Hearing loss is treacherously sneaky. It creeps up on you through the years so gradually you barely notice, making it easy to deny or ignore. And then, when you finally acknowledge the signs and symptoms, you shrug it off as troublesome and annoying because its true consequences are hidden.
For close to 48 million Americans that report some degree of hearing loss, the negative effects are much greater than simply aggravation and frustration.1 listed below are 8 reasons why untreated hearing loss is far more dangerous than you may think:
1. Link to Dementia and Alzheimer’s disease
A report from Johns Hopkins University and the National Institute on Aging suggests that those with hearing loss are appreciably more susceptible to suffer from dementia, including Alzheimer’s disease, compared with people who sustain their ability to hear.2
Although the explanation for the connection is ultimately undetermined, researchers believe that hearing loss and dementia might share a shared pathology, or that several years of straining the brain to hear could produce harm. An additional explanation is that hearing loss quite often leads to social solitude — a prominent risk factor for dementia.
No matter what the cause, restoring hearing may be the best prevention, which includes the use of hearing aids.
2. Depression and social isolation
Researchers from the National Institute on Deafness and Other Communication Disorders (NIDCD), part of the National Institutes of Health, have detected a strong association between hearing impairment and depression among U.S. adults of all ages and races.3
3. Not hearing alerts to danger
Automobile horns, ambulance and police sirens, and fire alarms all are engineered to notify you to possible hazards. If you miss these indicators, you put yourself at an higher risk of injury.
4. Memory impairment and mental decline
Reports reveal that individuals with hearing loss face a 40% greater rate of decline in cognitive ability in contrast to those with regular hearing.4 The leading author of the investigation, Frank R. Lin, MD, PhD, of Johns Hopkins University, stated that “going forward for the next 30 or 40 years that from a public health perspective, there’s nothing more important than cognitive decline and dementia as the population ages.” That’s why increasing awareness as to the connection between hearing loss and cognitive decline is Dr. Lin’s foremost priority.
5. Lowered household income
In a survey of over 40,000 households performed by the Better Hearing Institute, hearing loss was found to negatively affect household income up to $12,000 annually, based on the extent of hearing loss.5 individuals who wore hearing aids, however, reduced this impact by 50%.
The ability to communicate at the job is critical to job performance and promotion. In fact, communication skills are time and again ranked as the number one job-related skill-set sought after by employers and the top factor for promotion.
6. Auditory deprivation – use it or lose it
In regard to the human body, “use it or lose it” is a saying to live by. For example, if we don’t use our muscles, they atrophy or shrink over time, and we end up losing strength. It’s only through exercise and repetitive use that we can reclaim our physical strength.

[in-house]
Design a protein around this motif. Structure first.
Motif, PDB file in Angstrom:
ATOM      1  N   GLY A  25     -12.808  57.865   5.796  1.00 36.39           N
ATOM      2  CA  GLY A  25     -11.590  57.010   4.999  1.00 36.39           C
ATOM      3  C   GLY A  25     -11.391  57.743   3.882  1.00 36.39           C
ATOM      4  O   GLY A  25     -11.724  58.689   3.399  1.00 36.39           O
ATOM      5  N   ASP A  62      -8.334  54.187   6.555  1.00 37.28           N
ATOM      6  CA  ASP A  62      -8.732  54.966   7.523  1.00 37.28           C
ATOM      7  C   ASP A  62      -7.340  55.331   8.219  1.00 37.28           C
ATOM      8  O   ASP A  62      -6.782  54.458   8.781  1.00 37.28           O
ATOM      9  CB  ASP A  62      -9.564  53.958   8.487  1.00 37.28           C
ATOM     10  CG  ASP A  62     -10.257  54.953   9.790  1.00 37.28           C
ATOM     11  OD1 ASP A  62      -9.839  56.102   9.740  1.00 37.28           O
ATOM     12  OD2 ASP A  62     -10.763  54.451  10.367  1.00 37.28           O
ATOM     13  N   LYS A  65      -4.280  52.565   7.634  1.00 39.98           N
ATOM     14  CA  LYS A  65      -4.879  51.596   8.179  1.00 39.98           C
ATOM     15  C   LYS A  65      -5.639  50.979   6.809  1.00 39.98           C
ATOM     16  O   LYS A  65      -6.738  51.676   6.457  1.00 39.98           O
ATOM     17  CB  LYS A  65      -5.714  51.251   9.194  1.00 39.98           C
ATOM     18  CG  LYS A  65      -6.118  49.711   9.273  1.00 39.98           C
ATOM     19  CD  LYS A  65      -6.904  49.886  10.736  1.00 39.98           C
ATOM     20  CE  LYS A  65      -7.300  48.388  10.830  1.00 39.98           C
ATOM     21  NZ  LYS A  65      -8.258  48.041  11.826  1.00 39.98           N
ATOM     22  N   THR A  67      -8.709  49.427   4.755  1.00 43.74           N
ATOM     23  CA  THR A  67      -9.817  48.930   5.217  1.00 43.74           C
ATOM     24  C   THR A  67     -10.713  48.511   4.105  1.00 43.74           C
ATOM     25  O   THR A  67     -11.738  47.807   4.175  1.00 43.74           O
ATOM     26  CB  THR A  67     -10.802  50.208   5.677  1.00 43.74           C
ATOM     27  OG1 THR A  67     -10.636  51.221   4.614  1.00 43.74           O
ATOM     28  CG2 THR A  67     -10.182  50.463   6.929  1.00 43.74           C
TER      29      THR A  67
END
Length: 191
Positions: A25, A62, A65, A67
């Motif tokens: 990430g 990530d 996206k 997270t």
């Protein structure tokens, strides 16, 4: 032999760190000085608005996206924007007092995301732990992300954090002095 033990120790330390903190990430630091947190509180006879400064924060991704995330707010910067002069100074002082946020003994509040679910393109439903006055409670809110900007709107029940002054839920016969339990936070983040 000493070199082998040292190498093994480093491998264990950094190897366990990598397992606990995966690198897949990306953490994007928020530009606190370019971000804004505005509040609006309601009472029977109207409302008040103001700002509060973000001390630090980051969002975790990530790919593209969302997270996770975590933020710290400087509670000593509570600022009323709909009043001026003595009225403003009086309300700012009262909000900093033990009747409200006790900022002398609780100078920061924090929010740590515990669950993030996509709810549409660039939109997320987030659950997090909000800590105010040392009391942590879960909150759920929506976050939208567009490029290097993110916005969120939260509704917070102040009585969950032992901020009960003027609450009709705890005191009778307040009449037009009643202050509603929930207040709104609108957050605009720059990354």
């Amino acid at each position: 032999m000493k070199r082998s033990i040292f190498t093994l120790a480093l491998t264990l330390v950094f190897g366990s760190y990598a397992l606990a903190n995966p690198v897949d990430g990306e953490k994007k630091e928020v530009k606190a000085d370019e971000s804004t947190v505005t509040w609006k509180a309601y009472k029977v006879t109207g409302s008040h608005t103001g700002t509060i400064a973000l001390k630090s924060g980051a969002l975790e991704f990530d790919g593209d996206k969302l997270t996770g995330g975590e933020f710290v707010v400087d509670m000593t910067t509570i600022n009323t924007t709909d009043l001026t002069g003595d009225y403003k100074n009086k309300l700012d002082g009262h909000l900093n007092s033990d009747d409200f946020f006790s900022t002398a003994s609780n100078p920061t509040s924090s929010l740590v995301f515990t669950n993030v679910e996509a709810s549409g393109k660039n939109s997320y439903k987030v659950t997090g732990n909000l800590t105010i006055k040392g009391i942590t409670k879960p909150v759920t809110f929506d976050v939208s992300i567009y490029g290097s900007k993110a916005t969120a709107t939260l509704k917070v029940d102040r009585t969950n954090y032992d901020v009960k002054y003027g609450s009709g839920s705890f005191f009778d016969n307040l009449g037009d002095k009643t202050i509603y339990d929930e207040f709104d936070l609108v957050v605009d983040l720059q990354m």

The same phenomenon is true to hearing: as our hearing deteriorates, we get ensnared in a downward spiral that only gets worse. This is known as auditory deprivation, and a ever-increasing body of research is validating the “hearing atrophy” that can arise with hearing loss.
7. Underlying medical conditions
Despite the fact that the most common cause of hearing loss is connected to age and repeated direct exposure to loud noise, hearing loss is from time to time the symptom of a more significant, underlying medical condition. Potential conditions include:
- Heart disease, high blood pressure, and diabetes
- Otosclerosis – the solidifying of the middle ear bones
- Ménière’s disease – a condition of the inner ear affecting hearing and balance
- Traumatic injuries
- Infections, earwax buildup, or obstructions from foreign objects
- Medications – there are more than 200 medications and chemicals that are known to cause hearing and balance issues
Owing to the seriousness of some of the conditions, it is essential that any hearing loss is immediately assessed.
8. Increased risk of falls
Research has found a number of connections between hearing loss and serious conditions like dementia, Alzheimer’s disease, depression, and anxiety. An additional study conducted by specialists at Johns Hopkins University has uncovered still another disheartening connection: the connection between hearing loss and the risk of falls.6
The study shows that people with a 25-decibel hearing loss, characterized as mild, were just about three times more likely to have a record of falling. And for every extra 10-decibels of hearing loss, the likelihood of falling increased by 1.4 times.
Don’t wait to get your hearing tested
The encouraging side to all of this negative research is the suggestion that protecting or repairing your hearing can help to decrease or eliminate these risks completely. For all those that have normal hearing, it is more important than ever to protect it. And for individuals suffering with hearing loss, it’s imperative to seek the help of a hearing specialist without delay.
- Hearing Loss Association of America: Basic Facts About Hearing Loss
- Johns Hopkins Medicine: Hearing Loss and Dementia Linked in Study
- National Institute on Deafness and Other Communication Disorders: NIDCD Researchers Find Strong Link between Hearing Loss and Depression in Adults
- Medscape: Hearing Loss Linked to Cognitive Decline, Impairment
- Better Hearing Institute: The Impact of Untreated Hearing Loss on Household Income
- Johns Hopkins Medicine: Hearing Loss Linked to Three-Fold Risk of Falling